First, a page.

How to Revise Your Novel – Part Two: Low-Hanging Fruit

Revising a novel can be almost as big of a challenge as writing it if you don’t have a plan of attack. Once you’ve finished a first draft, chances are that there are so many things that need attention that the whole prospect of working on it can overwhelm you. But I’ve come to love the process of revisions, sometimes more than writing the first draft. It’s always awesome to see the story really come together. And I’ve learned a few things about how to approach revisions along the way.

Last week I talked about the first step in revising a novel: the Read-Through. It’s important to read quickly through what you’ve got so that you can get a sense of flow (or lack thereof), what the big issues are and what needs to be done about them. I always do a read-through with a pen and pad of paper nearby, making notes as I go but not changing anything yet.

The next step is to look at those notes and tackle the problems you’ve found one at a time.

© Dusan Kostic |

© Dusan Kostic |

This can mean different things to different people. It’s all about knowing what your main weaknesses are. Every writer should be self-aware and willing to admit that there are mistakes they make every time. These are the big, obvious problems that will get in the way of making your novel into what it was meant to be. Because they are so obvious, they’re like the low-hanging fruit that you can pick without having to stretch too hard.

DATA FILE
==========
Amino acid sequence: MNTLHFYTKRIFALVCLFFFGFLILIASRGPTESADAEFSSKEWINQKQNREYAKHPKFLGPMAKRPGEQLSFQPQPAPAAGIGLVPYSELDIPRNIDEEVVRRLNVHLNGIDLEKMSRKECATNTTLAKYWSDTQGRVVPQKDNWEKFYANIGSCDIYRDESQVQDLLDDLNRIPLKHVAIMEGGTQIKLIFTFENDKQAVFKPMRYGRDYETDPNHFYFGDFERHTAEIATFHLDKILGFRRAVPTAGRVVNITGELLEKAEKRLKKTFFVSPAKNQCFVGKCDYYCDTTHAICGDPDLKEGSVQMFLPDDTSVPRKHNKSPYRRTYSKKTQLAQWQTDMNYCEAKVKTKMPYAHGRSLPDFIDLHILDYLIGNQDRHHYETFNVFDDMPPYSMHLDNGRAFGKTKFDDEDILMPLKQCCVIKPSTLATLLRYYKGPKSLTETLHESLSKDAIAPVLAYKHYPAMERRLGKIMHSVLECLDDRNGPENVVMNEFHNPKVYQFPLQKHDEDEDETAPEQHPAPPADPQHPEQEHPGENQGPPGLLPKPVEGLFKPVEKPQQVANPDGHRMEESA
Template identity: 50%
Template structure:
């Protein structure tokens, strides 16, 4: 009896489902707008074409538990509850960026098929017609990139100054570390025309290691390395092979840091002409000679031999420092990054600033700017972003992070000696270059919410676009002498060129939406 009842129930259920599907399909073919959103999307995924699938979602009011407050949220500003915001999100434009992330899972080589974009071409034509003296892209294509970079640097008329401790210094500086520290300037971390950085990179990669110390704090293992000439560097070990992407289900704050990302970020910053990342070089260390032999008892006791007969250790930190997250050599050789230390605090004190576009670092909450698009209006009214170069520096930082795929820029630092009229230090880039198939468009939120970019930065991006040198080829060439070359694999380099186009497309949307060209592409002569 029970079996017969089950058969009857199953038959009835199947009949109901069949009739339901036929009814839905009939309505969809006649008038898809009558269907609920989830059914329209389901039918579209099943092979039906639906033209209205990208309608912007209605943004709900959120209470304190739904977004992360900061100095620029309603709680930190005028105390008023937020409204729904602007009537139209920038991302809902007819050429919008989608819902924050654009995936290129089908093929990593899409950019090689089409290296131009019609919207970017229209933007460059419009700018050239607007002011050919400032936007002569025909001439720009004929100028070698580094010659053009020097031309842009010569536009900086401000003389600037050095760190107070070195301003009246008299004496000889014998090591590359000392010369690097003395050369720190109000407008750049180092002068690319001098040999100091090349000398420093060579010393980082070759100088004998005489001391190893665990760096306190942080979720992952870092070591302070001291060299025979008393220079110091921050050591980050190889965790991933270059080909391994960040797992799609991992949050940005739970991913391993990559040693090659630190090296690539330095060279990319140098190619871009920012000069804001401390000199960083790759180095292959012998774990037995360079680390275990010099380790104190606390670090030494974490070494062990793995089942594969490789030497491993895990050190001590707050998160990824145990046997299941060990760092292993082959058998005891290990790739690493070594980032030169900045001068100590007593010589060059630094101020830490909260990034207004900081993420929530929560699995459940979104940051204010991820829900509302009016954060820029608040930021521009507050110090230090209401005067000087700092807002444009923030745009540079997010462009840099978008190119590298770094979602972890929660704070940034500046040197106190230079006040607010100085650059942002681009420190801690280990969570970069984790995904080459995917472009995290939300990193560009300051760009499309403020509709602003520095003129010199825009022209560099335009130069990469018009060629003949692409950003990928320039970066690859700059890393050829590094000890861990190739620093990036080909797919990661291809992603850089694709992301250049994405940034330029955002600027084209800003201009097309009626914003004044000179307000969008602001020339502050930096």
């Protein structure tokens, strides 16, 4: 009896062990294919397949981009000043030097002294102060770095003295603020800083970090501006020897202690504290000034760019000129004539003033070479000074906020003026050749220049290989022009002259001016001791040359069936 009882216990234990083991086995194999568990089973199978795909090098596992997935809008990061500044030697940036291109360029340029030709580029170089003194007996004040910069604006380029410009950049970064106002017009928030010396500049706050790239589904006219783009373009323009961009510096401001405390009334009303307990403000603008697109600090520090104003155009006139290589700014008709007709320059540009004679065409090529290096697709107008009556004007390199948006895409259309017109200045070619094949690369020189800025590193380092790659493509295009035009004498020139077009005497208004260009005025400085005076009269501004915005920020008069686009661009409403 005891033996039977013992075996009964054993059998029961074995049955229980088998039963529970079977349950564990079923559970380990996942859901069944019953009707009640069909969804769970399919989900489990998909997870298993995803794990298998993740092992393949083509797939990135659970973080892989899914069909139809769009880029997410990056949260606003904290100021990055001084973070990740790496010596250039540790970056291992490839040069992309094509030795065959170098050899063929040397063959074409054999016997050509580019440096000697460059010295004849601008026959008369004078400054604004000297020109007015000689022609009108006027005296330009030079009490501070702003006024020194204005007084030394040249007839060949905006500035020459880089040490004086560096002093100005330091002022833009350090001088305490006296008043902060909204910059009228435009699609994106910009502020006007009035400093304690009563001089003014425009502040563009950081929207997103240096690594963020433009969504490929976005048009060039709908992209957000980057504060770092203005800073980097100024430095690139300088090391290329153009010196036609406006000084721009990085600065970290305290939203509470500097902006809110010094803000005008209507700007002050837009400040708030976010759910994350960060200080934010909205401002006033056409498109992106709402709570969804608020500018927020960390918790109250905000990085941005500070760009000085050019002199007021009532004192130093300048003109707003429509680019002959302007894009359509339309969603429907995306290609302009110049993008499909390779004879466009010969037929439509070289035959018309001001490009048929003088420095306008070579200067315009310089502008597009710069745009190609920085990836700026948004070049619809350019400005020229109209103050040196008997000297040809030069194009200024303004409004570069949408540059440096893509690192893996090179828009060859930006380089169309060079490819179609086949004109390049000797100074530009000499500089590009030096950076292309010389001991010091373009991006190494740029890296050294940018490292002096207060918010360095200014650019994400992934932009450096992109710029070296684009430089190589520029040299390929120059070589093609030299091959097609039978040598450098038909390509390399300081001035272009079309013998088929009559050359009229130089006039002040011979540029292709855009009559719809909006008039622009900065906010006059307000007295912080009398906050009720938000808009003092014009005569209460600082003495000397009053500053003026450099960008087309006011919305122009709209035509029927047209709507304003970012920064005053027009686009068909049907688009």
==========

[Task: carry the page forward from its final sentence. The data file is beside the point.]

For example, one thing I am notorious about doing in my first drafts is what I call “editorializing”. It’s like exposition gone bad. I have a wretched habit of stepping back as an author and writing a lot about what the characters feel about the action of the story. It’s telling instead of showing on a microscopic level. I can fill entire paragraphs where the verb of every sentence is some incarnation of “felt”, “thought”, or “believed”.

I’m not saying you should never talk about how your characters are feeling or what they think of the situation they’re in, but with me it gets excessive. So out it all goes! And how can I tell when I’ve fallen into these horrible editorializing sections? The action slows down to a crawl and I drift off. As soon as that happens, the proverbial scissors come out. I’m particularly bad about starting each new chapter with a paragraph of editorializing.

That’s my big thing. For you it might be something different. Maybe you over-describe things or write too many dialog tags or have thousands of run-on sentences. Everyone’s major weaknesses are different. You’re not going to do yourself any good if you don’t dig out those weaknesses though. Your job as a writer is to seek them out and eradicate them! If you aren’t sure what your big weaknesses are, find some honest beta-readers to tell you. If you aren’t completely honest with yourself about the faults you have as a writer, you will never be able to overcome them.